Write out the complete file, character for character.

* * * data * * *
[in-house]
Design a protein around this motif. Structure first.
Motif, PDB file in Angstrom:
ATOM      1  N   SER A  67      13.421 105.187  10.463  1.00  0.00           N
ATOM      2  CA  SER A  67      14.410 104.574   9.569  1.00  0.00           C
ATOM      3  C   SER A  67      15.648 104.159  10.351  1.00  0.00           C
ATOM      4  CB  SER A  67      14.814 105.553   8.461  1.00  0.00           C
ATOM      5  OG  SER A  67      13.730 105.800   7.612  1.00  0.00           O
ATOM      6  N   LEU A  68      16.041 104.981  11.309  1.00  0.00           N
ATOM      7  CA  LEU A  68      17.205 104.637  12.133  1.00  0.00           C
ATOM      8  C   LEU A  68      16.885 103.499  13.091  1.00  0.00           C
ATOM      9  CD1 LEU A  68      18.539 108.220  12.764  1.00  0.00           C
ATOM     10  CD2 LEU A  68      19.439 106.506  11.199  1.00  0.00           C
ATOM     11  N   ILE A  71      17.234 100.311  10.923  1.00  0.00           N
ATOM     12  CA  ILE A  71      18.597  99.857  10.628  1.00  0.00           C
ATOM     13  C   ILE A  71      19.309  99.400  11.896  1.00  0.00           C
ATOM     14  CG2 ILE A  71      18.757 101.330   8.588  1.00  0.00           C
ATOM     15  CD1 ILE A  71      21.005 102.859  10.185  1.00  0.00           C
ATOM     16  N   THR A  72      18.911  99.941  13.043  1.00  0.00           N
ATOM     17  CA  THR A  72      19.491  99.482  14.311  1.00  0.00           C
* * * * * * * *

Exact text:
[in-house]
Design a protein around this motif. Structure first.
Motif, PDB file in Angstrom:
ATOM      1  N   SER A  67      13.421 105.187  10.463  1.00  0.00           N
ATOM      2  CA  SER A  67      14.410 104.574   9.569  1.00  0.00           C
ATOM      3  C   SER A  67      15.648 104.159  10.351  1.00  0.00           C
ATOM      4  CB  SER A  67      14.814 105.553   8.461  1.00  0.00           C
ATOM      5  OG  SER A  67      13.730 105.800   7.612  1.00  0.00           O
ATOM      6  N   LEU A  68      16.041 104.981  11.309  1.00  0.00           N
ATOM      7  CA  LEU A  68      17.205 104.637  12.133  1.00  0.00           C
ATOM      8  C   LEU A  68      16.885 103.499  13.091  1.00  0.00           C
ATOM      9  CD1 LEU A  68      18.539 108.220  12.764  1.00  0.00           C
ATOM     10  CD2 LEU A  68      19.439 106.506  11.199  1.00  0.00           C
ATOM     11  N   ILE A  71      17.234 100.311  10.923  1.00  0.00           N
ATOM     12  CA  ILE A  71      18.597  99.857  10.628  1.00  0.00           C
ATOM     13  C   ILE A  71      19.309  99.400  11.896  1.00  0.00           C
ATOM     14  CG2 ILE A  71      18.757 101.330   8.588  1.00  0.00           C
ATOM     15  CD1 ILE A  71      21.005 102.859  10.185  1.00  0.00           C
ATOM     16  N   THR A  72      18.911  99.941  13.043  1.00  0.00           N
ATOM     17  CA  THR A  72      19.491  99.482  14.311  1.00  0.00           C